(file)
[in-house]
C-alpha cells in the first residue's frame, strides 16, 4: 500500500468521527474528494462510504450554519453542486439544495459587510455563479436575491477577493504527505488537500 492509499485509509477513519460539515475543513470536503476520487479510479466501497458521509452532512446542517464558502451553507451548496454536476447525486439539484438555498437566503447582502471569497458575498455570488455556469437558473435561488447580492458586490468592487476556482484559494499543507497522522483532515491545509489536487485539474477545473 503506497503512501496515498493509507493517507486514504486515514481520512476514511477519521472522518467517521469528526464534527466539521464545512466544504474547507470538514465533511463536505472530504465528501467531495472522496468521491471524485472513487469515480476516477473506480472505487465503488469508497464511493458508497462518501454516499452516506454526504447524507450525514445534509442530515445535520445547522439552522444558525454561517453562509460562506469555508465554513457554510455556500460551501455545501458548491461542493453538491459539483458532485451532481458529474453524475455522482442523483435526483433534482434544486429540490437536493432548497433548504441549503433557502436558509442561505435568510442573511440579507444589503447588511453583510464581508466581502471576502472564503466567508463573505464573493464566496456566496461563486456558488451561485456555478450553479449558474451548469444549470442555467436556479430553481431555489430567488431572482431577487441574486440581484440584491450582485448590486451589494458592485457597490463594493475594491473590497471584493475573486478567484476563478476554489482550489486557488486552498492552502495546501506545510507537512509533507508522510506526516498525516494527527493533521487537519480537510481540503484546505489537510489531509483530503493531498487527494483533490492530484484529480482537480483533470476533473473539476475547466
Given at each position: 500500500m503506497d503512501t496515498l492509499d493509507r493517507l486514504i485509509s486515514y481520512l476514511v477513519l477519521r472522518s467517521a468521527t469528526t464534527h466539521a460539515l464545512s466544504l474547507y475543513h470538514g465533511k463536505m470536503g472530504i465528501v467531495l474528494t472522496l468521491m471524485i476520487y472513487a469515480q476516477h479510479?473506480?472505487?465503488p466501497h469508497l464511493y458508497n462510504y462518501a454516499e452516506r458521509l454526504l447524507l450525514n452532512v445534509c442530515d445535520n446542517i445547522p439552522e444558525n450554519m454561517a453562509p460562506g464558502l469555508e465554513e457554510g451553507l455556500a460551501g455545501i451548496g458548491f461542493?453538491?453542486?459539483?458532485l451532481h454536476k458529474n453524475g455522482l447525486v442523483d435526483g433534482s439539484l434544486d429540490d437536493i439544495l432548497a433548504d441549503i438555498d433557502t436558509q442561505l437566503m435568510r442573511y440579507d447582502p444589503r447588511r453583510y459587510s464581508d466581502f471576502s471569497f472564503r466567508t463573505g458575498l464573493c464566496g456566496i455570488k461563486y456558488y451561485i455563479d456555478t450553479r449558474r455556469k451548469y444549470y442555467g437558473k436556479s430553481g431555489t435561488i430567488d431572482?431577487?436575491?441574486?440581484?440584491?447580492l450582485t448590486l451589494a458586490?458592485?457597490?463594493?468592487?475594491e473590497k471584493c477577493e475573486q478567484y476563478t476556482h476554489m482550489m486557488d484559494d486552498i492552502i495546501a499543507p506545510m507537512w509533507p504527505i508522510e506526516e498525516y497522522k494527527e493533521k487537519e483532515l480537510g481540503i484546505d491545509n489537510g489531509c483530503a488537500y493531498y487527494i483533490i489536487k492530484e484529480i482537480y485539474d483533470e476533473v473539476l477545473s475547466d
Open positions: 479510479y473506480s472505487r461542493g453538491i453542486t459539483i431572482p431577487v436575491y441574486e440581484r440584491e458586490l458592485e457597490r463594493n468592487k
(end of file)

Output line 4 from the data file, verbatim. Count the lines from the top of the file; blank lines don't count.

Open positions: 479510479y473506480s472505487r461542493g453538491i453542486t459539483i431572482p431577487v436575491y441574486e440581484r440584491e458586490l458592485e457597490r463594493n468592487k